Nevertheless, even I, with my limited soccer skills, can see that the games they win are nearly always won by the hard work that occurs from the back half of the field. Hard work put in by the goal keeper, defenders and mid-field players – all build to make the task of being a striker so much easier with an increased opportunity for basking in some future forward glory.

Yep, it’s those mucky, hard and rarely recognised positions that, when working well, make the rest of the field hum along quite nicely. And guess what – the reason why I bring all this up in your newsletter this month is that the content on your website works in a very similar way.

Just replace the vision of the football “strikers” with those of the glory pages on your website that are responsible for holding the last smidgen of attention of your visitor before they convert into a lead. Commonly referred to as landing pages – pages and pages of content has been written on how to improve these parts of your website to ensure they perform to the very best of their ability.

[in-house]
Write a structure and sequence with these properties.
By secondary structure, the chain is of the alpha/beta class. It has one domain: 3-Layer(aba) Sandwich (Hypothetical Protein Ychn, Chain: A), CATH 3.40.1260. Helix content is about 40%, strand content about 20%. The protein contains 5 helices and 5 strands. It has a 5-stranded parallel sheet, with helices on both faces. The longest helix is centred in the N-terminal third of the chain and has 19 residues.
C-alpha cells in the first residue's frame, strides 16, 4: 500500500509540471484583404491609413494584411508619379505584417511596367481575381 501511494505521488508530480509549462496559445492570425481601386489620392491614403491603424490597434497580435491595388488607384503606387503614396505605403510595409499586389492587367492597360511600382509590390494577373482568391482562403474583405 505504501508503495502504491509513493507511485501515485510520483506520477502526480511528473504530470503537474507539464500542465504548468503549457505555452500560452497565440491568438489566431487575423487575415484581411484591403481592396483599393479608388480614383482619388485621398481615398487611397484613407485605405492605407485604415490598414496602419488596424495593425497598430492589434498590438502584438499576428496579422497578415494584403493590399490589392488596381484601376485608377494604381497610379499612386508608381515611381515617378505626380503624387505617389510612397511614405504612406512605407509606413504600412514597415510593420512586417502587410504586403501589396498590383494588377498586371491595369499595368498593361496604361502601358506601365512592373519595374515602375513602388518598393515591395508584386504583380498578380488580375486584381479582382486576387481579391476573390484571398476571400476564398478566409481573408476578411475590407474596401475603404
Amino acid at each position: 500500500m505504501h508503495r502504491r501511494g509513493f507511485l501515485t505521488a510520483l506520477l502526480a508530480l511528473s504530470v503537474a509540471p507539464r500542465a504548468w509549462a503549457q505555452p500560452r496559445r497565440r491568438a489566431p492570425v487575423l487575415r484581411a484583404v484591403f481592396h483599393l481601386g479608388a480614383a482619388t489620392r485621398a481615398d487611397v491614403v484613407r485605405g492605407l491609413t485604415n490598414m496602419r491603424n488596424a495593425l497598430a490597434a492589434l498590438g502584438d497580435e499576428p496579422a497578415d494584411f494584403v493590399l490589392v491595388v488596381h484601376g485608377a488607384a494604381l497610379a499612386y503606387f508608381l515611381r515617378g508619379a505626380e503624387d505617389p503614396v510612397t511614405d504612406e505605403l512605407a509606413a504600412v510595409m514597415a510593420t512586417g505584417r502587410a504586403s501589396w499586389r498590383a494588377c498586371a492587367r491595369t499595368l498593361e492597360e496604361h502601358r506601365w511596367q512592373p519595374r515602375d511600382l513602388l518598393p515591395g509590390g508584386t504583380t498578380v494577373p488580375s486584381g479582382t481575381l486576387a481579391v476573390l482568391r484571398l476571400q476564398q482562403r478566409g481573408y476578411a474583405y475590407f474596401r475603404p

Nevertheless, before your visitors arrive on these pages they usually visit pages that represent the “mid-field”, “defenders”, and even “goal keeper” of your site. Those pages that all need to do some solid work to ensure your visitors actually decide to journey onwards to the site’s final landing page. Pages that cover topics such as “About Us”, “Our Services”, “Our Story” and even “Customer Successes”. Places like these that come up again and again in the tracking paths that Google Analytics tells us people follow before they end up converting into a lead.

Unfortunately, most website owners ignore these areas of their website. Perhaps they see them as just showing filler content. Something to complete the story but not necessarily tasked to convert the visitor. How wrong they are. Just imagine meeting a prospect for the first time and starting your conversation by asking for an order, opportunity to quote or receive your bid. Not a good look.

So we kick off by showing interest and then slowly but gradually covering bits and pieces of the back story on the company and what it does. Basic things like what the company does, and for whom, and the types of staff it employs. It’s the back story content like this, when it is on your website and working well, that can make the task of those star landing pages so much easier to achieve.